Friday, June 06, 2008

FBI Accidentally Gains Unauthorized Access To Email? Yeah, Some Chance The FBI Did This By Accident -- The FBI's A Domestic Spy & Covert Terrorist

Sunday, February 17, 2008 by The New York Times
Through Error, F.B.I. Gained Unauthorized Access to E-Mail
by Eric Lichtbau

WASHINGTON - A technical glitch gave the F.B.I. access to the e-mail messages from an entire computer network - perhaps hundreds of accounts or more - instead of simply the lone e-mail address that was approved by a secret intelligence court as part of a national security investigation, according to an internal report of the 2006 episode.

F.B.I. officials blamed an “apparent miscommunication” with the unnamed Internet provider, which mistakenly turned over all the e-mail from a small e-mail domain for which it served as host. The records were ultimately destroyed, officials said.

Bureau officials noticed a “surge” in the e-mail activity they were monitoring and realized that the provider had mistakenly set its filtering equipment to trap far more data than a judge had actually authorized.

The episode is an unusual example of what has become a regular if little-noticed occurrence, as American officials have expanded their technological tools: government officials, or the private companies they rely on for surveillance operations, sometimes foul up their instructions about what they can and cannot collect.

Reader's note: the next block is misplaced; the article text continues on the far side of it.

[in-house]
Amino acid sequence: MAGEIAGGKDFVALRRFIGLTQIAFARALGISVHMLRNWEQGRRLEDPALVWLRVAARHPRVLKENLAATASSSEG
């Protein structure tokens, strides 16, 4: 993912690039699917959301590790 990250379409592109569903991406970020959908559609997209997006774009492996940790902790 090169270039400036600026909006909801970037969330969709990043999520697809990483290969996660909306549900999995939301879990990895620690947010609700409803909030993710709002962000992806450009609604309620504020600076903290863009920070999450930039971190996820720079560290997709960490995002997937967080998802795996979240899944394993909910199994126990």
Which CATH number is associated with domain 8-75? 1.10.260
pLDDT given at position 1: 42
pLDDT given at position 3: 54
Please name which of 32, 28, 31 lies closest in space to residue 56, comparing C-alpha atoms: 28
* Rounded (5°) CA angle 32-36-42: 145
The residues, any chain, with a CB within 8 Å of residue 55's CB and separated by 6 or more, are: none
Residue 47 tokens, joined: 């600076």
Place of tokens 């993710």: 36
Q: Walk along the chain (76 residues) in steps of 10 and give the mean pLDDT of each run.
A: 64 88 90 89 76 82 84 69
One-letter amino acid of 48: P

The problem has received no discussion as part of the fierce debate in Congress about whether to expand the government’s wiretapping authorities and give legal immunity to private telecommunications companies that have helped in those operations.

But an intelligence official, who spoke on condition of anonymity because surveillance operations are classified, said: “It’s inevitable that these things will happen. It’s not weekly, but it’s common.”

A report in 2006 by the Justice Department inspector general found more than 100 violations of federal wiretap law in the two prior years by the Federal Bureau of Investigation, many of them considered technical and inadvertent.

Bureau officials said they did not have updated public figures but were preparing them as part of a wider-ranging review by the inspector general into misuses of the bureau’s authority to use so-called national security letters in gathering phone records and financial documents in intelligence investigations.

In the warrantless wiretapping program approved by President Bush after the Sept. 11 terrorist attacks, technical errors led officials at the National Security Agency on some occasions to monitor communications entirely within the United States - in apparent violation of the program’s protocols - because communications problems made it difficult to tell initially whether the targets were in the country or not.

Past violations by the government have also included continuing a wiretap for days or weeks beyond what was authorized by a court, or seeking records beyond what were authorized. The 2006 case appears to be a particularly egregious example of what intelligence officials refer to as “overproduction” - in which a telecommunications provider gives the government more data than it was ordered to provide.

The problem of overproduction is particularly common, F.B.I. officials said. In testimony before Congress in March 2007 regarding abuses of national security letters, Valerie E. Caproni, the bureau’s general counsel, said that in one small sample, 10 out of 20 violations were a result of “third-party error,” in which a private company “provided the F.B.I. information we did not seek.”
untitled.bmp (image)


Wikio - Top Blogs

"The Mother Of All Black Ops" Earns A Wikio's Top Blog Rating

Julian Assange's WikiLeaks Alternative Media's Been Wrongfully Bankrupted By The U.S. Military Intelligence Complex

Rating for

Website Of The Late Investigative Journalist Sherman Skolnick